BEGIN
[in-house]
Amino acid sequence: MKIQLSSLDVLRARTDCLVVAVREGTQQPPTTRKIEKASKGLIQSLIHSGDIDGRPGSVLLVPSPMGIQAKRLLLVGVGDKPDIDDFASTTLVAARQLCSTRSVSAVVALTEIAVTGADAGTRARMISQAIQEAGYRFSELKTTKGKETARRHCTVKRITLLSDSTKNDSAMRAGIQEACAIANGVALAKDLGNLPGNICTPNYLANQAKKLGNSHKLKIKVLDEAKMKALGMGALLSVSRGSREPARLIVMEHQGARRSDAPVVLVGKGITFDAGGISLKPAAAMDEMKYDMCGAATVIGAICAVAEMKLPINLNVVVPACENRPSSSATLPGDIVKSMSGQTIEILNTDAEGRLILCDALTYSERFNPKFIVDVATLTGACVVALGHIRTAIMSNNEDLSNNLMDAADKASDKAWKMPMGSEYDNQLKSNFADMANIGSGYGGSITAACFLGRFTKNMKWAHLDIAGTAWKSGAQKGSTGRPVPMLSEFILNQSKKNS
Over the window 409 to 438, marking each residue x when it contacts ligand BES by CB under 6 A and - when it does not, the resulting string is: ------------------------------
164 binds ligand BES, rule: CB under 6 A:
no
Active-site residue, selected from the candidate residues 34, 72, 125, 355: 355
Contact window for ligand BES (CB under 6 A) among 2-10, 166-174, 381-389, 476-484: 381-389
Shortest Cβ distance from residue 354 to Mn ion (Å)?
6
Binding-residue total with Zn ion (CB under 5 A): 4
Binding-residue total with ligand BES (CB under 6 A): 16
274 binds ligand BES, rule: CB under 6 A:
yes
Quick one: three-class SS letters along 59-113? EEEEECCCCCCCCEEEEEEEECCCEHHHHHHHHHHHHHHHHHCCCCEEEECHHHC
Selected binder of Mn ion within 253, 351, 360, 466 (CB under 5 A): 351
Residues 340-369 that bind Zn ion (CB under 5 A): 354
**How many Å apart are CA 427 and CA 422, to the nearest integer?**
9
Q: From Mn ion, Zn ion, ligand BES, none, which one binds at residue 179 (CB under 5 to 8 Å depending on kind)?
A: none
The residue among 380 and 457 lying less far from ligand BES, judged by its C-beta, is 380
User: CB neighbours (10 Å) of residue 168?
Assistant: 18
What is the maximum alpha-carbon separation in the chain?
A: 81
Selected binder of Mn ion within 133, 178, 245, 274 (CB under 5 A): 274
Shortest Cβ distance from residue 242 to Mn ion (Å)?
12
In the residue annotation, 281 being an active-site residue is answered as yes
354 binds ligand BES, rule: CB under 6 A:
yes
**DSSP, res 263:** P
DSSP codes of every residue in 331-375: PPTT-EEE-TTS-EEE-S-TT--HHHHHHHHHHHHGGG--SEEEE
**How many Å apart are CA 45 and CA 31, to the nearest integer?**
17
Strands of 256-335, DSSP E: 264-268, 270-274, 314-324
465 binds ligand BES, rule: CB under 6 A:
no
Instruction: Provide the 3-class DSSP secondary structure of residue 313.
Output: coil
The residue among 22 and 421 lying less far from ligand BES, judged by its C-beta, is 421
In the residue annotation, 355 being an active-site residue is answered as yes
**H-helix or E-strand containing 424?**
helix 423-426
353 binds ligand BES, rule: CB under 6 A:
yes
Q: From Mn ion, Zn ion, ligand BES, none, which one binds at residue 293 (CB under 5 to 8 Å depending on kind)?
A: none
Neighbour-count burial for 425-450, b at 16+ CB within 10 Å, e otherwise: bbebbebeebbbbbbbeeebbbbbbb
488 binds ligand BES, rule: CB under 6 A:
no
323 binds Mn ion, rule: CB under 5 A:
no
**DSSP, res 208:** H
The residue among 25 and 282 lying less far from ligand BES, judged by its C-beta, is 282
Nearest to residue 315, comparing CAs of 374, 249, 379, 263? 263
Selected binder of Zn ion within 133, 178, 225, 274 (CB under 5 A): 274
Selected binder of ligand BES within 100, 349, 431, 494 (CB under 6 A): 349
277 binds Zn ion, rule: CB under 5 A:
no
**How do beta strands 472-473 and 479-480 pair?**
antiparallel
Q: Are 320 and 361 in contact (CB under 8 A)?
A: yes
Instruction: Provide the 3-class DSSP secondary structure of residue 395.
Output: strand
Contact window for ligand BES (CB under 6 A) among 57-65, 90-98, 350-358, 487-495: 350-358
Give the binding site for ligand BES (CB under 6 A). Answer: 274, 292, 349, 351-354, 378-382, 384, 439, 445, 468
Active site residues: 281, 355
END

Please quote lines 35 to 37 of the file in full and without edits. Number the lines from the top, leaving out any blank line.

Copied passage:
17
Strands of 256-335, DSSP E: 264-268, 270-274, 314-324
465 binds ligand BES, rule: CB under 6 A: